17 Formula and 13 Kite Foilers descended upon Long Beach for the 2014 Kite Racing Nationals over the weekend. Light to moderate winds provided enough breeze to get in 14 races for the formula fleet (with Friday included) and 9 races for the foilers.
Putting heavy pressure on reigning champ, Johnny Heineken, Nico Landauer proved to excel in the light conditions, while Johnny was in his groove with a tad more breeze and his kite not "falling from the sky", Johnny obviously enjoys the windier conditions of SF Bay and Nico's home base of San Diego give him more light air training, so go figure.
The talk of the beach in the Kitefoiling world was the new Carfino foil set up, which looks very modern and capable. Mango Carifino has jumped back in the game after a lengthy sabbatical, and an excited following has thrown lots of orders in his direction, but it's performance is still out with the jury.
all images omarnazif.com
Erika Heineken, racing just on formula boards this weekend, on her board, Girls Rule Boys Drule kept the boys druling with consistency and style, her worse score was 4th in two of the 14 races, not bad, not bad at all. We pinged Erika a couple weeks ago for her thoughts when comparing the foils and the formula boards, especially for women...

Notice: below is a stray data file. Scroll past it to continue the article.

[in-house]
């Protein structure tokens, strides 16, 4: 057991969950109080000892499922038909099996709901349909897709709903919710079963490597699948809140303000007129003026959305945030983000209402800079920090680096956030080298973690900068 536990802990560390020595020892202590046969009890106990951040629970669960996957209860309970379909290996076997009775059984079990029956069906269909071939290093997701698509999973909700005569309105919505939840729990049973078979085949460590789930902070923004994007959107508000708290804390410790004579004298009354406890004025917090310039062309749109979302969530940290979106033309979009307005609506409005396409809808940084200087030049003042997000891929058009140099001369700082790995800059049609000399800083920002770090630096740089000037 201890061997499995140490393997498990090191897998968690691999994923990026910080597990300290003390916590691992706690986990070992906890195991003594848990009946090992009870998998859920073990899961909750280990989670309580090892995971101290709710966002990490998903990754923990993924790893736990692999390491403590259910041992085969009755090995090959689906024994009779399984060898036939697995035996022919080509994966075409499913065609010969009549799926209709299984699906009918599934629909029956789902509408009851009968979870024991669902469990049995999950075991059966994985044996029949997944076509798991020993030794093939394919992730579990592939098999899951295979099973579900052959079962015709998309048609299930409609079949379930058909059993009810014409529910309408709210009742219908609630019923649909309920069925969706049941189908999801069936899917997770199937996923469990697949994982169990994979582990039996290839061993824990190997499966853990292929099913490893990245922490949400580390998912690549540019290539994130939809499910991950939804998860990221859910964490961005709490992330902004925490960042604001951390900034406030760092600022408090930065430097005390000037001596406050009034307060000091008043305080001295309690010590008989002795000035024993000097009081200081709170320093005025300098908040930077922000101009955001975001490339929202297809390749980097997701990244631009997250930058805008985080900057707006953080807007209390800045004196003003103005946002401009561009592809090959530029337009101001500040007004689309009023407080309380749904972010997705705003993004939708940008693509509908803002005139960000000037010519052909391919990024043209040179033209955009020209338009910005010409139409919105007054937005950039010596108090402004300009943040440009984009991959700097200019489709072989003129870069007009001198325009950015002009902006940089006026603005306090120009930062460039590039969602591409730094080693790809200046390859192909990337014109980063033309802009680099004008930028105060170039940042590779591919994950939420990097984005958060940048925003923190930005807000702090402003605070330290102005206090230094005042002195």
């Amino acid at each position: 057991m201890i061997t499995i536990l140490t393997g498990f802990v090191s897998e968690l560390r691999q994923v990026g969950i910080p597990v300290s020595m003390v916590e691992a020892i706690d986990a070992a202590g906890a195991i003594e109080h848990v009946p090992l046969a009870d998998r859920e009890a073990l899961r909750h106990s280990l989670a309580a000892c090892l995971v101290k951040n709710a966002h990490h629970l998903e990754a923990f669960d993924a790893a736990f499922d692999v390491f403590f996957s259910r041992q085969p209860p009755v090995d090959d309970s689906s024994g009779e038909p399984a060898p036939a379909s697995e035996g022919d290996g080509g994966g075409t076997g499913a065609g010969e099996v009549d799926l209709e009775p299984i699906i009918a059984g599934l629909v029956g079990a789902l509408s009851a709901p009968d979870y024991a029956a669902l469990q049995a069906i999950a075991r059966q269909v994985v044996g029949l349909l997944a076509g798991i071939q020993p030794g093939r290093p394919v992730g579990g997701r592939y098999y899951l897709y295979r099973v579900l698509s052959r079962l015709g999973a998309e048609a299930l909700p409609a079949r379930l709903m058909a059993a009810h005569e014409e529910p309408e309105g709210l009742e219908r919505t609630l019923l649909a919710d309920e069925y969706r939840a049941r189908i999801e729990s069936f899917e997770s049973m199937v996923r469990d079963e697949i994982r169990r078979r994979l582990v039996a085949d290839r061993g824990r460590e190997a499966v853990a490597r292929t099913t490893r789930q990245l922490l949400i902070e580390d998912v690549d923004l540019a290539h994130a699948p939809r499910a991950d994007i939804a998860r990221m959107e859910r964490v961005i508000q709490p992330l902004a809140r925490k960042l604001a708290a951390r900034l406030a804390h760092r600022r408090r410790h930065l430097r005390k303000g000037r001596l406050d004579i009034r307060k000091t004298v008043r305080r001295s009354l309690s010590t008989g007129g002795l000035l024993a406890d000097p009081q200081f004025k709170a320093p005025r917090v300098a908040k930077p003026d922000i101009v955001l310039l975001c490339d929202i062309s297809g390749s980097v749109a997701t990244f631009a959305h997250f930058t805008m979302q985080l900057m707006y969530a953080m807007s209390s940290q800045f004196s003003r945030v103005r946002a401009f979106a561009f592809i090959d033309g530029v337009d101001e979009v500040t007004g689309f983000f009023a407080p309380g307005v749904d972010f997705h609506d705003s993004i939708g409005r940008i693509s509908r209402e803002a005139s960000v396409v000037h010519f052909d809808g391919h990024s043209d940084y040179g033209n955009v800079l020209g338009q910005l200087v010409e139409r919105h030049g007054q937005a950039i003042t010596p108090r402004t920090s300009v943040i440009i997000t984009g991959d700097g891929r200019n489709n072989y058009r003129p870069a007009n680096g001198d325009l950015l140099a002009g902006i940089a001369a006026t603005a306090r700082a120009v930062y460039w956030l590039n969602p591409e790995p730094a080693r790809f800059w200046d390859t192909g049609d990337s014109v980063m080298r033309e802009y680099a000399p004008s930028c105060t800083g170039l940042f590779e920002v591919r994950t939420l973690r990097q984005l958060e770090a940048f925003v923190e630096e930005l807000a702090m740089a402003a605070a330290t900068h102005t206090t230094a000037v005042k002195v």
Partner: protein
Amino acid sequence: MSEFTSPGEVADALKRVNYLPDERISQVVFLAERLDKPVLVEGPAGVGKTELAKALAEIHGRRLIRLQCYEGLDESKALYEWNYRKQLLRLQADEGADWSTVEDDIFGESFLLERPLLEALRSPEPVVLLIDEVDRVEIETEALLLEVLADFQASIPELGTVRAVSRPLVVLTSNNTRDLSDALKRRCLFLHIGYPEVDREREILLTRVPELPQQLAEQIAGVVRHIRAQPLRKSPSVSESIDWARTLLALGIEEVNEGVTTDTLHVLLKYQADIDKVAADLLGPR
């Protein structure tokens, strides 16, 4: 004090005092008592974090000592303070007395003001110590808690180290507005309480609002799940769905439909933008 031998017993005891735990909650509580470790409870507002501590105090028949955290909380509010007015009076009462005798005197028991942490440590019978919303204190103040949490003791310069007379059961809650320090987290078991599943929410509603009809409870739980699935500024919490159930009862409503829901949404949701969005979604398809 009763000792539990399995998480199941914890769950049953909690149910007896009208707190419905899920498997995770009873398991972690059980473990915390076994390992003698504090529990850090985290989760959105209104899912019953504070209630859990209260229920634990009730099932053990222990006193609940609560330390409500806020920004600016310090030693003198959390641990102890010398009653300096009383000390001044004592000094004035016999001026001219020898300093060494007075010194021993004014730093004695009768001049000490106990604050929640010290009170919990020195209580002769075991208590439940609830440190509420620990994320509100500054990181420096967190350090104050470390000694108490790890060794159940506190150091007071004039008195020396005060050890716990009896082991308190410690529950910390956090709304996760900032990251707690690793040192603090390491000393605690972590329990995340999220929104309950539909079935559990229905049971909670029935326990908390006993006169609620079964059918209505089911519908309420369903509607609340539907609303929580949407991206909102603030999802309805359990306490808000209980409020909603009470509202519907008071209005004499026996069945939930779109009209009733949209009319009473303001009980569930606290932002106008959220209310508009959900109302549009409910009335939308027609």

The formula race boards (course boards) are much more physically demanding in the sense that your body absorbs each wave and it requires a lot of energy to ride it better than the guy next to you. In comparison, the foil is also demands amazing balance and a new level of connection to the power in the system - ie the kite and the foil. One wrong move and you're nosediving from the pendulum that is your foil. Riding a foil is more physical in the quick small muscle movements; I'm equally as sore after riding either, just different.
Both classes continue to push the limits, though in SF the fleet is turning to foil boards. It's not surprising when the speeds are greater and the sensation is, personally, more enjoyable. No more slap slap of the nose of the board, only silence, and sometimes a whistling of the foil slicing the water.
Less drag in the water means smaller kite and less wind required. Once foiling, the apparent wind one creates is spectacular, you just can't stop - or you'll risk dropping your kite in the middle of the Bay...